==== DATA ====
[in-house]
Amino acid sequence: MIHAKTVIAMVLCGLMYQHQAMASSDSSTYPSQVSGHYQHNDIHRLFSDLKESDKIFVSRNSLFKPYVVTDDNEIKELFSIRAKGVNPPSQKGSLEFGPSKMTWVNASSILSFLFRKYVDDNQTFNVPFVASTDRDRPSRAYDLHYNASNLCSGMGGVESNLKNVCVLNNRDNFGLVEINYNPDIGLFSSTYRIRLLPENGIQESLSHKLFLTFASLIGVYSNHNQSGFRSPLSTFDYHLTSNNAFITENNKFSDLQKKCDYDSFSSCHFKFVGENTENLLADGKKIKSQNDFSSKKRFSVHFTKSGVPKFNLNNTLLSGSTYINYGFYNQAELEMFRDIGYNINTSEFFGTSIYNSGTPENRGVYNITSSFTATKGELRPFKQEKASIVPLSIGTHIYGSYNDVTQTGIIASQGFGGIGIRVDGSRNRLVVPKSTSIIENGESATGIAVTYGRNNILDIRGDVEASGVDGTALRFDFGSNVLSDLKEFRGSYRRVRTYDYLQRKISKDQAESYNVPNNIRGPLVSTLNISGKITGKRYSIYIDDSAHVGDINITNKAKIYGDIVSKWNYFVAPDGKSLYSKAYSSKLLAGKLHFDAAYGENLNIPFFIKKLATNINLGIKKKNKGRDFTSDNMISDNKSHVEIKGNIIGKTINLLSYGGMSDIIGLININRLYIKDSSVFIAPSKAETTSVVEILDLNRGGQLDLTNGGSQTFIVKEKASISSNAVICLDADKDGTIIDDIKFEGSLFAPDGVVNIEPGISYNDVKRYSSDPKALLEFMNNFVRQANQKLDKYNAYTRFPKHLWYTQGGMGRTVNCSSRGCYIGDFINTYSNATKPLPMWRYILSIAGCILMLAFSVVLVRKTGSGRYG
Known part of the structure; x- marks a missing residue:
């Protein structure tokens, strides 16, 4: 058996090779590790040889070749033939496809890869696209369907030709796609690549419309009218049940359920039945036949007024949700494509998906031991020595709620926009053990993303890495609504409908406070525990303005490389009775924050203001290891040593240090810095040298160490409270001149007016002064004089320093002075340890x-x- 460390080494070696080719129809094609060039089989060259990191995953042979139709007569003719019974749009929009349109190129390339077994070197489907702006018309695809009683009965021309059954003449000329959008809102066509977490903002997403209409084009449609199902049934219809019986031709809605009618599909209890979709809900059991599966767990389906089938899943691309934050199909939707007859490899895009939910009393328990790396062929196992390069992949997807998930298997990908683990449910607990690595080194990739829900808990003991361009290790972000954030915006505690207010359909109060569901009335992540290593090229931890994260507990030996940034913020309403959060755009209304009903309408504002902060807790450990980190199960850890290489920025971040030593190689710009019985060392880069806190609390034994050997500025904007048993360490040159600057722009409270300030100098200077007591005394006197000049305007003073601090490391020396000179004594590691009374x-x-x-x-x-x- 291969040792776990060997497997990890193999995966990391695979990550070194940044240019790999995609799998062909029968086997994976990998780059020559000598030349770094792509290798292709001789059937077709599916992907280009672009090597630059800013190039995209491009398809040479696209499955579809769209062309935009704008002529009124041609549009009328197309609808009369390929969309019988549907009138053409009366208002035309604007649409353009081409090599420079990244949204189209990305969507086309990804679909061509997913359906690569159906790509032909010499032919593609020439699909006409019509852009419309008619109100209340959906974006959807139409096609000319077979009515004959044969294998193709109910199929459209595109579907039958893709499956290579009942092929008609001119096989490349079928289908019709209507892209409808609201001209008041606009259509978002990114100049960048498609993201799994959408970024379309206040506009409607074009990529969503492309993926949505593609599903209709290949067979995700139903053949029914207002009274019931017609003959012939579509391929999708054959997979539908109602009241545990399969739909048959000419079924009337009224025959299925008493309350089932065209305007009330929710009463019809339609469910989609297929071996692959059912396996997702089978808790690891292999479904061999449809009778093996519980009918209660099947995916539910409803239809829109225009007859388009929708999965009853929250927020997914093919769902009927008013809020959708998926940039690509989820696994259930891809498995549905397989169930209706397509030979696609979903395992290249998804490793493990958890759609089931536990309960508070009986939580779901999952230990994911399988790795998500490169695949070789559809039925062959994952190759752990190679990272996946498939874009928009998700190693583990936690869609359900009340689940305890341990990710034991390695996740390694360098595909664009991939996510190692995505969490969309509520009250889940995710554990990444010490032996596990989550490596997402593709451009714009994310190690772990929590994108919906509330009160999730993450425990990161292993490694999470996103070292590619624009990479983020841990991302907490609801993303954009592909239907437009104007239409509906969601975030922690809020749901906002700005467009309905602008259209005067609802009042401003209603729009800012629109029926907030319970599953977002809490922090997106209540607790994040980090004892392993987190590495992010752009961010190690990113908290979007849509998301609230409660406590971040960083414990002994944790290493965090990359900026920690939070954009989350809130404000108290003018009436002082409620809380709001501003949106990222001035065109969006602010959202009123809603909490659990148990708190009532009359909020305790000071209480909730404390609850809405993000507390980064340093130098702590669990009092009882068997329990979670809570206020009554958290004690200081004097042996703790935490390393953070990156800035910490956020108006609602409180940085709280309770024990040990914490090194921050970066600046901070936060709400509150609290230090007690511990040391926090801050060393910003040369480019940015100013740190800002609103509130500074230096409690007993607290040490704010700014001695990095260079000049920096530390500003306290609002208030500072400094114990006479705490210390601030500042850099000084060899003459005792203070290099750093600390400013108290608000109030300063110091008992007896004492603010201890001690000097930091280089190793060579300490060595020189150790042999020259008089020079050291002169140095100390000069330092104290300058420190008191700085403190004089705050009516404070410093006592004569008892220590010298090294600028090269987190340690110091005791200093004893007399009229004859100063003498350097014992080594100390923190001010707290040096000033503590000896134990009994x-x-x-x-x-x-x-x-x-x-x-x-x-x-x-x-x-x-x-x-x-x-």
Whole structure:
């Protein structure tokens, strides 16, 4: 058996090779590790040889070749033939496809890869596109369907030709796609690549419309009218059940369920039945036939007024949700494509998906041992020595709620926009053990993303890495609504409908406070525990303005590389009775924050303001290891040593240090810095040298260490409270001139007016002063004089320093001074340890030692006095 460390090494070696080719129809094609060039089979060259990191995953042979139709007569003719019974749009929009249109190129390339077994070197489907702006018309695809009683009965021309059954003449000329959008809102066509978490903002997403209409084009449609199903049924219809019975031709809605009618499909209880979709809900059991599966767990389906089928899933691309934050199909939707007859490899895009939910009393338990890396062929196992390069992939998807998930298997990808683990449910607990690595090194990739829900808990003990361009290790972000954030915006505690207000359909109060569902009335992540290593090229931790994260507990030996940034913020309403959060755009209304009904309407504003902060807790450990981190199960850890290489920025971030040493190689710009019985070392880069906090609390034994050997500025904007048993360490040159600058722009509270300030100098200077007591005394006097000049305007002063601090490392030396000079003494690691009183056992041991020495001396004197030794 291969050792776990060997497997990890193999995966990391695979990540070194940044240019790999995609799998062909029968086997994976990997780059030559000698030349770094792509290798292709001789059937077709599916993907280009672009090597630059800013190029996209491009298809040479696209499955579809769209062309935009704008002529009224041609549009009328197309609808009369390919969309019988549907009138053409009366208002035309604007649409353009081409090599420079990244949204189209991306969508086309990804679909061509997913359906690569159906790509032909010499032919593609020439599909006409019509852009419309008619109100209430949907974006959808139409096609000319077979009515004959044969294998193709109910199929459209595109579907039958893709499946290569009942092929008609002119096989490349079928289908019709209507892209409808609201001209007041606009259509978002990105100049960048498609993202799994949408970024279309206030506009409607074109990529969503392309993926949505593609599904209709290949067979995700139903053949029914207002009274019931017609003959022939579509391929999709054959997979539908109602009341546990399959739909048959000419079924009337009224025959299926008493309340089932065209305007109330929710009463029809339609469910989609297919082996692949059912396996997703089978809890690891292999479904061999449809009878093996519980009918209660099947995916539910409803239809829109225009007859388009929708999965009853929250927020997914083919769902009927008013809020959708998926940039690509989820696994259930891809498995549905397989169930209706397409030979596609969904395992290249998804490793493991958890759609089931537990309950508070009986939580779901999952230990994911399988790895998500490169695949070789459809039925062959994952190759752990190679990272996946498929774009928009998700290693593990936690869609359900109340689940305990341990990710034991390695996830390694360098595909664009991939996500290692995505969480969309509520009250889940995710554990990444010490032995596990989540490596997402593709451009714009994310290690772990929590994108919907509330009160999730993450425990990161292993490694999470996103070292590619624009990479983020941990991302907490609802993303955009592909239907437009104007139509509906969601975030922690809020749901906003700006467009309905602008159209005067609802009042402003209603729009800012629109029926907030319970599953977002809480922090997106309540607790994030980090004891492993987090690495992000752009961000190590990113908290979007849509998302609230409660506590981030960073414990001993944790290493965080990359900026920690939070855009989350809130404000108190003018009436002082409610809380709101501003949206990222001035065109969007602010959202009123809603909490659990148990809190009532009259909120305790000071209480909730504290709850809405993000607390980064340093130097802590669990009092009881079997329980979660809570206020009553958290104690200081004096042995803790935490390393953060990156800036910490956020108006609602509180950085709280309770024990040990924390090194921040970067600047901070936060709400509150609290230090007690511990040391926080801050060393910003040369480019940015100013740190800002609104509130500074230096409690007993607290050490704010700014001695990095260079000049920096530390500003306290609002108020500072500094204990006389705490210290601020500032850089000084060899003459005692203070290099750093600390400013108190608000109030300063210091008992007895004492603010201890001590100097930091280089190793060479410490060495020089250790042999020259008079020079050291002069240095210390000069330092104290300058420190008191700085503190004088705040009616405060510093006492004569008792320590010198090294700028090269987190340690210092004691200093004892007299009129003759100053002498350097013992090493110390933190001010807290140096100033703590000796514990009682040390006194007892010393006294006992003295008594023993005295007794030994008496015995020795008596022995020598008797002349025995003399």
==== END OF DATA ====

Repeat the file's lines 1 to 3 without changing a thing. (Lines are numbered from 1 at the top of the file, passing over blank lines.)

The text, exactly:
[in-house]
Amino acid sequence: MIHAKTVIAMVLCGLMYQHQAMASSDSSTYPSQVSGHYQHNDIHRLFSDLKESDKIFVSRNSLFKPYVVTDDNEIKELFSIRAKGVNPPSQKGSLEFGPSKMTWVNASSILSFLFRKYVDDNQTFNVPFVASTDRDRPSRAYDLHYNASNLCSGMGGVESNLKNVCVLNNRDNFGLVEINYNPDIGLFSSTYRIRLLPENGIQESLSHKLFLTFASLIGVYSNHNQSGFRSPLSTFDYHLTSNNAFITENNKFSDLQKKCDYDSFSSCHFKFVGENTENLLADGKKIKSQNDFSSKKRFSVHFTKSGVPKFNLNNTLLSGSTYINYGFYNQAELEMFRDIGYNINTSEFFGTSIYNSGTPENRGVYNITSSFTATKGELRPFKQEKASIVPLSIGTHIYGSYNDVTQTGIIASQGFGGIGIRVDGSRNRLVVPKSTSIIENGESATGIAVTYGRNNILDIRGDVEASGVDGTALRFDFGSNVLSDLKEFRGSYRRVRTYDYLQRKISKDQAESYNVPNNIRGPLVSTLNISGKITGKRYSIYIDDSAHVGDINITNKAKIYGDIVSKWNYFVAPDGKSLYSKAYSSKLLAGKLHFDAAYGENLNIPFFIKKLATNINLGIKKKNKGRDFTSDNMISDNKSHVEIKGNIIGKTINLLSYGGMSDIIGLININRLYIKDSSVFIAPSKAETTSVVEILDLNRGGQLDLTNGGSQTFIVKEKASISSNAVICLDADKDGTIIDDIKFEGSLFAPDGVVNIEPGISYNDVKRYSSDPKALLEFMNNFVRQANQKLDKYNAYTRFPKHLWYTQGGMGRTVNCSSRGCYIGDFINTYSNATKPLPMWRYILSIAGCILMLAFSVVLVRKTGSGRYG
Known part of the structure; x- marks a missing residue: